But enough about Karlovic's serving arm. Of more concern to most is the state of the Scot's own right shoulder, a problem he revealed yesterday that he had been carrying for "two to three" days. He may be the last Brit standing for the eighth successive year, but he spent part of Saturday lying prone on the turf, his bones cracking "like a machine gun" under manipulation by the physio. A rest day yesterday was timely indeed, and there certainly was no panic from Murray, who said it wasn't "a major concern".

Assuming he remains healthy, the Scot's progress through the draw appears clear enough. Yet while many of the men who would traditionally have been perceived a major threats - David Ferrer, Rafael Nadal, Tsonga - have been cleared from his path (indeed Murray can face no-one seeded higher than Viktor Troicki at 22 before the semi-finals) there are plenty of players of big threats left in the draw, literally. Hot, dry conditions are likely to help the big servers further, but Murray doesn't buy into the theory that Centre Court is playing any faster than usual.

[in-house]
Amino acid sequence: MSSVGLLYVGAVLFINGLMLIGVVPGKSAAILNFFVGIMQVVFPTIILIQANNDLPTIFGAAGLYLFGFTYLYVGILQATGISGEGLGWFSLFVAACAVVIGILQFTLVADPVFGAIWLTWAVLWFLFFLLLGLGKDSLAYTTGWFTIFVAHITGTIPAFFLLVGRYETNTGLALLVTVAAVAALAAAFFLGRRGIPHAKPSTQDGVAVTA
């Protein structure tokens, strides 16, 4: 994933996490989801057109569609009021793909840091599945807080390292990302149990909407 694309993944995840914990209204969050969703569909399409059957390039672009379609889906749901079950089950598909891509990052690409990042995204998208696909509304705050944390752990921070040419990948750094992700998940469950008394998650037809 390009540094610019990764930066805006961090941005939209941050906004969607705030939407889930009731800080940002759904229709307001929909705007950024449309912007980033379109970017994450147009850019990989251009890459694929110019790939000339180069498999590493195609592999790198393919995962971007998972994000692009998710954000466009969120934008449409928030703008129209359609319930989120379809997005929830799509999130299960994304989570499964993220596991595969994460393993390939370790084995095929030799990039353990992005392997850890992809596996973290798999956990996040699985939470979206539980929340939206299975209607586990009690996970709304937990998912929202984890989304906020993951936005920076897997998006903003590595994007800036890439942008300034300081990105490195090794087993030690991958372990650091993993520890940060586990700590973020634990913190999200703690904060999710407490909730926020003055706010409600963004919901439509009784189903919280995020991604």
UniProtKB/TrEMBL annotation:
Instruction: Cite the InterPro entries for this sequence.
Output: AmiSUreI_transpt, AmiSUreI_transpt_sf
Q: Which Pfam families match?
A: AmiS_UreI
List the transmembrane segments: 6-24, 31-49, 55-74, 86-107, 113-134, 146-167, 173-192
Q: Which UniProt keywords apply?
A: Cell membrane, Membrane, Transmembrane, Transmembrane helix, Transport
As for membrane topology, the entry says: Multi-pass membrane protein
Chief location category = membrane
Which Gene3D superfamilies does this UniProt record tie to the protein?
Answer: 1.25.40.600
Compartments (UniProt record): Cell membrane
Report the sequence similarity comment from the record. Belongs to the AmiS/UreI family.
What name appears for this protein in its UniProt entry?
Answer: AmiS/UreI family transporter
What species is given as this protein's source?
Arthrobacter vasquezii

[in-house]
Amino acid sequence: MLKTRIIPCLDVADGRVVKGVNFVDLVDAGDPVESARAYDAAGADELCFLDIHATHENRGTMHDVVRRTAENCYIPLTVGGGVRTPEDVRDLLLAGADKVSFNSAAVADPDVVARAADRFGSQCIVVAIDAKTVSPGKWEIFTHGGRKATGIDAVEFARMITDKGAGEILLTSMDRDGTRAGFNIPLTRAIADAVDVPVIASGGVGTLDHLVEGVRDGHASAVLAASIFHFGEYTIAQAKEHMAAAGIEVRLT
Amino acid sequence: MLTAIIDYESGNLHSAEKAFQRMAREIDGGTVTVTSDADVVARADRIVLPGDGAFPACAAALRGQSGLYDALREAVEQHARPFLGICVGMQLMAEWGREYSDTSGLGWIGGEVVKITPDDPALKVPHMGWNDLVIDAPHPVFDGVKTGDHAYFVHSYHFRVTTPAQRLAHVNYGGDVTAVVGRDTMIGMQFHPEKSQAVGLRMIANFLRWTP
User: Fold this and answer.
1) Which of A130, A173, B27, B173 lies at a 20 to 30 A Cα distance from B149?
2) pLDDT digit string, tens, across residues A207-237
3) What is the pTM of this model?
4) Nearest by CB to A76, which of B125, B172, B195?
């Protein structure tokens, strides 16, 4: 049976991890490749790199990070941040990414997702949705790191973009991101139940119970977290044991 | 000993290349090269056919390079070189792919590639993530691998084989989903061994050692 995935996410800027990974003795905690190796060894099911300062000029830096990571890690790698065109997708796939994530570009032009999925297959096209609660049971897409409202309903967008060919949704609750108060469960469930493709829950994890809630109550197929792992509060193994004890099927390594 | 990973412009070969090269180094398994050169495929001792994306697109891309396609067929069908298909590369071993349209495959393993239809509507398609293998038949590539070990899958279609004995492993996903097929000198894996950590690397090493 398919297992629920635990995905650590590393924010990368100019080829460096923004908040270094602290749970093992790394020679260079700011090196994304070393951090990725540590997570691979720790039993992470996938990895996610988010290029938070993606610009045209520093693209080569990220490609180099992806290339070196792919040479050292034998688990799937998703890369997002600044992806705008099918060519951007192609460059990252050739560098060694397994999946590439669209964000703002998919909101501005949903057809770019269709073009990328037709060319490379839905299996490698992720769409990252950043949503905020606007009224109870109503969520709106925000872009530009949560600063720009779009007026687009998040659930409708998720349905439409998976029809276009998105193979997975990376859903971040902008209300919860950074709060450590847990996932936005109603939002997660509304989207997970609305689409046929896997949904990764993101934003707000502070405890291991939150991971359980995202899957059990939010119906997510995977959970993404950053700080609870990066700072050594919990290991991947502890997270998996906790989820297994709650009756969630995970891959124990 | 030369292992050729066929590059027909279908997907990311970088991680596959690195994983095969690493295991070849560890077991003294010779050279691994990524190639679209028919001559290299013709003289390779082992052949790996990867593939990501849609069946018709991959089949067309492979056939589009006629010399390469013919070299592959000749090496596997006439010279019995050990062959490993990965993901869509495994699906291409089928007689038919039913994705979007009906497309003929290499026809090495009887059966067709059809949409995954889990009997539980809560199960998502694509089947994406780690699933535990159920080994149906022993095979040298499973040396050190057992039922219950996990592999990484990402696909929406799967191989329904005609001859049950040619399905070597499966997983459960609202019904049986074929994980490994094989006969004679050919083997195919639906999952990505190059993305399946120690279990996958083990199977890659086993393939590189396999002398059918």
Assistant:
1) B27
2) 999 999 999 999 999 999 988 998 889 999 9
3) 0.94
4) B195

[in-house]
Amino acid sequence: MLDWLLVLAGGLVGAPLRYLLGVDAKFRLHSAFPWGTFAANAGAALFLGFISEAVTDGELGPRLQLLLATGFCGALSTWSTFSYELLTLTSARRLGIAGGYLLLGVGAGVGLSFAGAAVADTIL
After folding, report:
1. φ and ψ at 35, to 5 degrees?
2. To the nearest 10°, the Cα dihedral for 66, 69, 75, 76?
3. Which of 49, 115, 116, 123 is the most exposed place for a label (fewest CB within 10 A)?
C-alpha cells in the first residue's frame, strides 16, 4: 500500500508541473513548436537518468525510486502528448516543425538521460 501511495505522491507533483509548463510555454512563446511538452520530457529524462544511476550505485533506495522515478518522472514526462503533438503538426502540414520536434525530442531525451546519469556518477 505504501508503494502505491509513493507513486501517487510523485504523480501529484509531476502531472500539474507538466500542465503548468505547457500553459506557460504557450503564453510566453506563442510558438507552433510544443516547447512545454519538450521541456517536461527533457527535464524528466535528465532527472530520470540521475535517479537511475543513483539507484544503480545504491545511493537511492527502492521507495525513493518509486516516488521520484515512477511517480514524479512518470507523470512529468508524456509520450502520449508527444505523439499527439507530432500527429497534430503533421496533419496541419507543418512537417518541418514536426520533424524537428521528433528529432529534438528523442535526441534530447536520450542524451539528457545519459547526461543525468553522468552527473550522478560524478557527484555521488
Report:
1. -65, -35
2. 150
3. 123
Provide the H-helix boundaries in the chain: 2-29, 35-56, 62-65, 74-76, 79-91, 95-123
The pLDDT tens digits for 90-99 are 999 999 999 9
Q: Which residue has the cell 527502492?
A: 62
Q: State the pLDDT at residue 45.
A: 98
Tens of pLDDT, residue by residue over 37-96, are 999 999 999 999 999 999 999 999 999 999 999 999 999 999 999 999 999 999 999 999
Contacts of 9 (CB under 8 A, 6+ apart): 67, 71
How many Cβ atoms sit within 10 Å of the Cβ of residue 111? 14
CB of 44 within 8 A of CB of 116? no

"In the top half you've got Novak [Djokovic] and Stan [Wawrinka] and [Marin] Cilic is still in there, Kevin Anderson's a very good grass court player," said Murray. "Roger [Federer] is in the bottom half and around where I am there's a bunch of guys that are 6ft plus. I mean Karlovic is huge but Pospisil and Troicki are both 6ft 4in, pretty big guys, there's a lot of big guys with big serves still around. I don't think Centre Court is playing unbelievably fast compared to usual but when the temperatures are up in the mid-30s it makes it quick."